amounts also are present in areas of the hypothalamus, the lim-bic system, and
the pituitary gland. Current evidence in-dicates that serotonin is involved in
the regulation of several aspects of behavior, including sleep, pain
per-ception, depression, sexual activity, and aggressiveness. Some of the most
important antidepressant agents are believed to prevent the reuptake of
serotonin . Serotonin also may be involved in temper-ature regulation and in
the hypothalamic control of the release of pituitary hormones.
In addition to its presumed role as a neurotransmit-ter within the brain, serotonin is synthesized in the pineal gland, where it is a precursor for the synthesis of melatonin, a hormone that influences endocrine activ-ity, presumably by an action within the hypothalamus.
The mammalian brain appears to have an abun-dance of sites with which serotonin interacts. Fourteen distinct mammalian receptor
subtypes for serotonin have been established, not all of which have been
iden-tified in the brain. They are characterized as 5-HT1, 5-HT2,
. . . 5-HT7 subsets. There are at least five subtypes of the 5-HT1
subset and three receptor subtypes for the 5-HT2 subset.
A large number of amino acids
serve as neurotransmit-ters in the mammalian CNS.
γ-Aminobutyric acid (GABA) is
the major inhibitory neurotransmitter in the mammalian CNS. GABA is pri-marily
synthesized (Fig. 24.3) from glutamate by the enzyme L-glutamic acid-l-decarboxylase (GAD); it is
subsequently transaminated with α-ketoglutarate by GABAA-oxoglutarate
transaminase (GABA-T) to yield glutamate and succinic semialdehyde.
Two types of GABA receptors
have been identified in mammals, a GABAA- and a GABAB-receptor.
The GABAA-receptor (or recognition site), when coupled with GABA,
induces a shift in membrane permeability, primarily to chloride ions, causing
hyperpolarization of the neuron. This GABA receptor appears to be part of a
macromolecule that contains, in addition to the GABAA-receptor,
benzodiazepine and barbiturate binding sites and the chloride ionophore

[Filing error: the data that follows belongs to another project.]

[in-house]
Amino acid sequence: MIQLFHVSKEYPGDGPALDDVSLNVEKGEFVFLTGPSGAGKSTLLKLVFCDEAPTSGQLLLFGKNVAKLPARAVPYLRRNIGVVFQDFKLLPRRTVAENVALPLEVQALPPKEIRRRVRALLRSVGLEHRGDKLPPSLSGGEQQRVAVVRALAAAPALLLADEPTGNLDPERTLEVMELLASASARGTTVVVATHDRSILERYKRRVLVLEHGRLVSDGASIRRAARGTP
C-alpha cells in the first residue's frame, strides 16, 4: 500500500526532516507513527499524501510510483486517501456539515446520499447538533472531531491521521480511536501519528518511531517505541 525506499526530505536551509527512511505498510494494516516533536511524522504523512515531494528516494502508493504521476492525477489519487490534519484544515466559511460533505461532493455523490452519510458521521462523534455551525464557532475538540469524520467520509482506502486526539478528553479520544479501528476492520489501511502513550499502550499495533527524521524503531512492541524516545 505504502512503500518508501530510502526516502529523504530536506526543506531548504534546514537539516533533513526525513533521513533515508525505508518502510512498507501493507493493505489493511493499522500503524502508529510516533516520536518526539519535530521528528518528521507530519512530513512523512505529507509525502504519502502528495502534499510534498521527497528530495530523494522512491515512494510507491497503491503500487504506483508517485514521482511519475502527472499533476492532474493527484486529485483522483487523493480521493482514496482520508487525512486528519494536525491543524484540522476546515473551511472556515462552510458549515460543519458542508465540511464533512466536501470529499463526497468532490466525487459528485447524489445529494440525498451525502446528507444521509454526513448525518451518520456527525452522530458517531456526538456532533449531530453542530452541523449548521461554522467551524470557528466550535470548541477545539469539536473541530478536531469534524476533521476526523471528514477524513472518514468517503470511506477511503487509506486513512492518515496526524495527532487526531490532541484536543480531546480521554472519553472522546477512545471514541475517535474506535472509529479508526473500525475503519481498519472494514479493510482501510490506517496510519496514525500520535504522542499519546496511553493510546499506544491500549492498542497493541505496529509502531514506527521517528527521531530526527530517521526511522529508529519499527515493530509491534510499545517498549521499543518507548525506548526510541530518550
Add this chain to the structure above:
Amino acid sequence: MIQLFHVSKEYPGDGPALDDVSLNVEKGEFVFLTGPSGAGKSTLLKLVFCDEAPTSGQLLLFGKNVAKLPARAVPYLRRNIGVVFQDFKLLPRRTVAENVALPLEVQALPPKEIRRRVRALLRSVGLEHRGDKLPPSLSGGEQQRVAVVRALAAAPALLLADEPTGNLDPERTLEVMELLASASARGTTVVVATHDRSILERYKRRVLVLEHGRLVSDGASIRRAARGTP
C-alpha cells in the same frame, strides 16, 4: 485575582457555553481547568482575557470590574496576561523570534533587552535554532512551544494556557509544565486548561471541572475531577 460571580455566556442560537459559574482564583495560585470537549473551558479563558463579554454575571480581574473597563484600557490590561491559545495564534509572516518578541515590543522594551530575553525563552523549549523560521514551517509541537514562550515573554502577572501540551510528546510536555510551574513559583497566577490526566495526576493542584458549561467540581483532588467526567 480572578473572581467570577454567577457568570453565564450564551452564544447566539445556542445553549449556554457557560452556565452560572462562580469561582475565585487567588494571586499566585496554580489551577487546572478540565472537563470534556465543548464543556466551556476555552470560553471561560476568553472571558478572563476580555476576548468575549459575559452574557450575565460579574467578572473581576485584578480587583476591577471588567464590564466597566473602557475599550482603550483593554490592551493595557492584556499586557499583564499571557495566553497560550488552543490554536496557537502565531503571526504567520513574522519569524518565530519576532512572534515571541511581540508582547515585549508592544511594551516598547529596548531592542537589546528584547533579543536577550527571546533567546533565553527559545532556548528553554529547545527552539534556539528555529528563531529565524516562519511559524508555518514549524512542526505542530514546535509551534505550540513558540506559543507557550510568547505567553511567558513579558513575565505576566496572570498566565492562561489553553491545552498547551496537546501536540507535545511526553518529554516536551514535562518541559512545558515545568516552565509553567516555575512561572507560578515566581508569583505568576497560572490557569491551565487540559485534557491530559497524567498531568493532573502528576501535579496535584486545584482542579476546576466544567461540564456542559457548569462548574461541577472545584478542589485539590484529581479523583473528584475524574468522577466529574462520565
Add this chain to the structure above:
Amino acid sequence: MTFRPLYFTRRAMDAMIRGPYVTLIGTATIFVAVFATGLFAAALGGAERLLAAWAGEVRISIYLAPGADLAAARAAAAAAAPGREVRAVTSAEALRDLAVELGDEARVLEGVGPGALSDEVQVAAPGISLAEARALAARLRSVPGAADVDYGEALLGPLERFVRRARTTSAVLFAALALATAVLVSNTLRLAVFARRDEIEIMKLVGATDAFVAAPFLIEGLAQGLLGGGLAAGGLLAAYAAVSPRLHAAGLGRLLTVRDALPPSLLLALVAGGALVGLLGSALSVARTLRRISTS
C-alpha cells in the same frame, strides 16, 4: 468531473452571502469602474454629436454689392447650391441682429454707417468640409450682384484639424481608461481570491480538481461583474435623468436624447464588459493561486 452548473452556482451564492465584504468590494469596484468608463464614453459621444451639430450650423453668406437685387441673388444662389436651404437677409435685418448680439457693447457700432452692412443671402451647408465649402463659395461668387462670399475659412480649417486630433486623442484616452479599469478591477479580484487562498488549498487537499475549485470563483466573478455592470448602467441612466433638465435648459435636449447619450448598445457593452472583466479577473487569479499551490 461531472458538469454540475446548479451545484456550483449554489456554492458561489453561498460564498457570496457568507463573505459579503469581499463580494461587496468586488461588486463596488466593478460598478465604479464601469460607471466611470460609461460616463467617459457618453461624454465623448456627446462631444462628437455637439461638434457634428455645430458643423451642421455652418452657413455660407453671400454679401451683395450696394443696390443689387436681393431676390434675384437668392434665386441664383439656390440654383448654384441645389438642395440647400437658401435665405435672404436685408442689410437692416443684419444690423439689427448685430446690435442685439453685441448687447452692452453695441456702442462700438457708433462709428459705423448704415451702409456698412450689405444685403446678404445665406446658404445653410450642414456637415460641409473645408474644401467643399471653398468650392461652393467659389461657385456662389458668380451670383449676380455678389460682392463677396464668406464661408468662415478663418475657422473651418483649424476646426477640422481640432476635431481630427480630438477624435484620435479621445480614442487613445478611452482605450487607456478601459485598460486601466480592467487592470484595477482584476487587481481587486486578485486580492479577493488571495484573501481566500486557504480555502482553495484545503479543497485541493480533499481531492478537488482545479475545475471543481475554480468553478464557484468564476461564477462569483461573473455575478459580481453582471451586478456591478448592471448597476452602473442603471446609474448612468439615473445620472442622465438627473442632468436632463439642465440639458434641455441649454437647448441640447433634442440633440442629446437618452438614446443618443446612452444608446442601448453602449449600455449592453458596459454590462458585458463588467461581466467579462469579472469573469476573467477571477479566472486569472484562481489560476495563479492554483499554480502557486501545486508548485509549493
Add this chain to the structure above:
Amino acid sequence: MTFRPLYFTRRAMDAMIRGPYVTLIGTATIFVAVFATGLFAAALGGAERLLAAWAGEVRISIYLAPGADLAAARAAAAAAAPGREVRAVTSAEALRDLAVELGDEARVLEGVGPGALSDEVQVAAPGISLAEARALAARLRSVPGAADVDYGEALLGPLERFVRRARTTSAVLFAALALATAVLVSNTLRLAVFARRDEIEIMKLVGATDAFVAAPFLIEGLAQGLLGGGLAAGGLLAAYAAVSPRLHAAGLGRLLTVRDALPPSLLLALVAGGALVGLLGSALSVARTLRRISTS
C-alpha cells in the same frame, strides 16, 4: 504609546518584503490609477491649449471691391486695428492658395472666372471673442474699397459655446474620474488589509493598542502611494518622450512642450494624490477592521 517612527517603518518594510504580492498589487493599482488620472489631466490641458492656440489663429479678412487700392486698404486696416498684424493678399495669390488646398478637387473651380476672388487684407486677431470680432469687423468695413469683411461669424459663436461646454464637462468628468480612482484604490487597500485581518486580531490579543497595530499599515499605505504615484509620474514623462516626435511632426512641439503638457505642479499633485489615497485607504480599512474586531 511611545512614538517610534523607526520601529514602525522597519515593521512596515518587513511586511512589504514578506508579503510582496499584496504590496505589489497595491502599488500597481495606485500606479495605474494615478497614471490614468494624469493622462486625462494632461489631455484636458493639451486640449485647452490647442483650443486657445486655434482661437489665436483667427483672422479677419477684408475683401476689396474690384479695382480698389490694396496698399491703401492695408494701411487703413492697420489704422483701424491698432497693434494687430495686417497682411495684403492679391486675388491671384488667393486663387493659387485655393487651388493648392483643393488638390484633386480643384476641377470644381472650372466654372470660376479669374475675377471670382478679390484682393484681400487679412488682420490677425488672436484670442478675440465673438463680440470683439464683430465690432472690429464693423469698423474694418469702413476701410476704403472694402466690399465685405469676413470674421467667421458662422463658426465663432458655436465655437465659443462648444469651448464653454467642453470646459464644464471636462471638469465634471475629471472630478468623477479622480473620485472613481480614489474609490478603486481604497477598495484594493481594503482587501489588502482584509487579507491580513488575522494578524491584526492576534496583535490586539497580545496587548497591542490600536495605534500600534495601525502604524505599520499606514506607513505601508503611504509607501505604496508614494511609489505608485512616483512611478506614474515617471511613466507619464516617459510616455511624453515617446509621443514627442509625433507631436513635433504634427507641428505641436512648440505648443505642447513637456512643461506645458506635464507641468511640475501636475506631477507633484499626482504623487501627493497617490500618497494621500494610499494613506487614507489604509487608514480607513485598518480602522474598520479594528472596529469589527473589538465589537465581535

(chloride channel). See Figure 24.4.
A number of drugs are thought
to exert their CNS effect by altering GABAA-receptor activity. The
1,4-benzodiazepines, -carbolines, barbiturates, alcohols, and general
anesthetics appear to facilitate GABA transmission by interacting at this
macromolecular complex. Vigabatrin, a newly approved anticonvulsant, elevates
brain GABA by inhibiting the breakdown en-zyme GABA-T. Several CNS convulsants,
including bicuculline, picrotoxinin, and pentylenetetrazol, are an-tagonists at
the GABA receptor. Since GABA agonists have been shown to be anticonvulsants
and GABA an-tagonists are convulsants, there is much interest in the role of
GABA in epilepsy . The GABAB-receptor, in contrast, is not modulated
by ben-zodiazepines, is not linked to chloride movement, and is not nearly as well
characterized as is the GABAA-re-ceptor. The GABAB-receptor
is coupled to K+ channels and is activated by the antispastic agent
Glycine is another inhibitory
CNS neurotransmitter. Whereas GABA is located primarily in the brain, glycine
is found predominantly in the ventral horn of the spinal cord. Relatively few
drugs are known to in-teract with glycine; the best-known example is the
con-vulsant agent strychnine, which appears to be a rela-tively specific
antagonist of glycine.
These two excitatory amino
acids (EAAs) are widely distributed throughout the mammalian CNS. Their
ad-ministration leads to rapid depolarization of neurons and an increase in
firing rate. There are two distinct classes of EAA receptors: ionotropic
receptors and metabotropic receptors. The ionotropic receptors di-rectly gate
ion channels, while the metabotropic recep-tors are coupled to intracellular G
proteins. Receptors are named according to their sensitivity to the action of
selective agonists (Table 24.1). The best-character-ized receptor is known as
the NMDA (N-methyl-D-aspartate) receptor, which
directly gates a Mg cation channel that is also permeable to Ca++ and
NA+ . Com-pounds that block the NMDA receptor complex may attenuate
the neuronal damage following anoxia, such as occurs during a stroke; much of
the neuronal damage associated with strokes may be related to the release of
glutamic acid, aspartic acid, or both. Similarly, neuronal damage may occur as
a result of seizures, and this also may be related to excessive EAA release.
Antagonists of the NMDA receptor complex are being studied for possible uses in
strokes and other types of hypoxia.
Histamine occurs in the
brain, particularly in certain hypothalamic neurons, and evidence is strong